The court, based in The Hague, Netherlands, said a new government would be obligated to arrest Gadhafi under ICC warrants, The Guardian reported Tuesday.
British Foreign Secretary William Hague, speaking Monday in London with French Foreign Minister Alain Juppe, said whether Gadhafi remained in Libya ultimately must be addressed by the Libyan people, the Financial Times reported Tuesday.
"It is for the Libyan people to determine their own future," Hague said. "Whatever happens, Gadhafi must leave power. He must never again be able to threaten the lives of Libyan civilians, nor to destabilize Libya once he has left power."
However, the ICC said Gadhafi can't be allowed to escape justice.
"He has to be arrested," said Florence Olara, a spokeswoman for ICC lead prosecutor Luis Moreno-Ocampo.
Olara said the decision to seek justice had been made in the United Nations, noting that the ICC's arrest warrants were "legal facts" that "cannot go away."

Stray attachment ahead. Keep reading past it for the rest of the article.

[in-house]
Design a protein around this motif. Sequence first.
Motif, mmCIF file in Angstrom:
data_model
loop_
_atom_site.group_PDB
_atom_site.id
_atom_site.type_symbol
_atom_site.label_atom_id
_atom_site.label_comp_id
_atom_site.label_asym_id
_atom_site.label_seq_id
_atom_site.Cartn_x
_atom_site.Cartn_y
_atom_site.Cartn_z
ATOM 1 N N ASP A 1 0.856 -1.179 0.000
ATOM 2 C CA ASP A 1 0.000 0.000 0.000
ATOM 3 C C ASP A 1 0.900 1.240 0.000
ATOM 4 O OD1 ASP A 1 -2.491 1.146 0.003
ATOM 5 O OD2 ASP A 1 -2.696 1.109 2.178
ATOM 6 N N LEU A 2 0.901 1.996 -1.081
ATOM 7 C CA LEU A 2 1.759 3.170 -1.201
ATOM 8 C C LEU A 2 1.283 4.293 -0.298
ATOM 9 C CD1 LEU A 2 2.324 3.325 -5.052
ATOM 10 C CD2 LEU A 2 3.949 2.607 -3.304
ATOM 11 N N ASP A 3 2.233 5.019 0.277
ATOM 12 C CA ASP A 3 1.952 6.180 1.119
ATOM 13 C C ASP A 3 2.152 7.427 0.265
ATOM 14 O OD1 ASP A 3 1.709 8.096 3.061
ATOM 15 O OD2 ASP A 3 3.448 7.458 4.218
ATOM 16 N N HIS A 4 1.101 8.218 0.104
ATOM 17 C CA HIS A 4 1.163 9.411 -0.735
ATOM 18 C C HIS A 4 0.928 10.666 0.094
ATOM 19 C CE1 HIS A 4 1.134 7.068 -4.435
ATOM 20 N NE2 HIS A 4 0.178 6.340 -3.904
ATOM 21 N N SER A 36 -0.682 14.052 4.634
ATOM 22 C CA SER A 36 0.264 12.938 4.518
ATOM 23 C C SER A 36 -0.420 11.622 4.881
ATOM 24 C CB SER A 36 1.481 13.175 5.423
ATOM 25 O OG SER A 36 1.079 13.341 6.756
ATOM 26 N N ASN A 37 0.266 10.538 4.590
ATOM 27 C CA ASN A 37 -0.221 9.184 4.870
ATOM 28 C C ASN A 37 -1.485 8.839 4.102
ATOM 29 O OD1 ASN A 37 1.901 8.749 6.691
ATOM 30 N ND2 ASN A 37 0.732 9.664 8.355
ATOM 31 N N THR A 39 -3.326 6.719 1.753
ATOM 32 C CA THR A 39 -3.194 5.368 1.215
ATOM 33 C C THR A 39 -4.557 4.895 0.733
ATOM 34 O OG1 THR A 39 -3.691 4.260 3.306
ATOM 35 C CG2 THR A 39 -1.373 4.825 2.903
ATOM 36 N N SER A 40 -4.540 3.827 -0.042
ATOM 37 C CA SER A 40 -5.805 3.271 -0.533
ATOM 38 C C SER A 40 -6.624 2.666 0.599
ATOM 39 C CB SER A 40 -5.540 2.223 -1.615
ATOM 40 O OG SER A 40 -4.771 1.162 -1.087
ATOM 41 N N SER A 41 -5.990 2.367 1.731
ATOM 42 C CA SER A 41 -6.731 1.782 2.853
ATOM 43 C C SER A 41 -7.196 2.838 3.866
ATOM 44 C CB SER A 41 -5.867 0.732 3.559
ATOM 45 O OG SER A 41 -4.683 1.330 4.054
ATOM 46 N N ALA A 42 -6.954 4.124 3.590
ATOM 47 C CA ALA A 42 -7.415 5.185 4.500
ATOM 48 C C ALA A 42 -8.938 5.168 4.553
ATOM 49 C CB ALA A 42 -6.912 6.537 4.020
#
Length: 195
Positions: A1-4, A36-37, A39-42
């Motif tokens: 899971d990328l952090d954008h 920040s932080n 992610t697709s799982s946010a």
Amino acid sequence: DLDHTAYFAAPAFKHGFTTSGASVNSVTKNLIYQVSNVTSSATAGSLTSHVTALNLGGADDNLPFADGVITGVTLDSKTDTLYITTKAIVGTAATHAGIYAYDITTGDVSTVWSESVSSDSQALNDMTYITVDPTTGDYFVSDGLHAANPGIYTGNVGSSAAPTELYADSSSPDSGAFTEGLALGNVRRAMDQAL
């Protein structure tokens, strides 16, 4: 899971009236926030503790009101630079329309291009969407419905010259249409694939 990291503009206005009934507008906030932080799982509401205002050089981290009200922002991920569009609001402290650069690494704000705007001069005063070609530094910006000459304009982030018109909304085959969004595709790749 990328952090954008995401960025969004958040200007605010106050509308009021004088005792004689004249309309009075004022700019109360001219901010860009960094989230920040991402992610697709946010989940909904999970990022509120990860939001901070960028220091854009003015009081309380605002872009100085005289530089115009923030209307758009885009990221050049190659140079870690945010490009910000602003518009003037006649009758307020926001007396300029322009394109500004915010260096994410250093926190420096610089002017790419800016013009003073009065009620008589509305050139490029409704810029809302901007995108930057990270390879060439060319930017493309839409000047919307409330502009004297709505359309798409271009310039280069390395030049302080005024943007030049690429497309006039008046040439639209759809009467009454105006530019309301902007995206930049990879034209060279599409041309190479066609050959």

"Any negotiation or deal has to respect [U.N. Security Council resolution] 1970 and the ICC's decision," Olara told The Guardian.
The International Criminal Court issued arrest warrants June 27 for Gadhafi and his son Saif, charging that they committed crimes against humanity during anti-regime protests. The court also issued a warrant for the Libyan intelligence chief, Abdullah al-Senussi, Gadhafi's brother-in-law.
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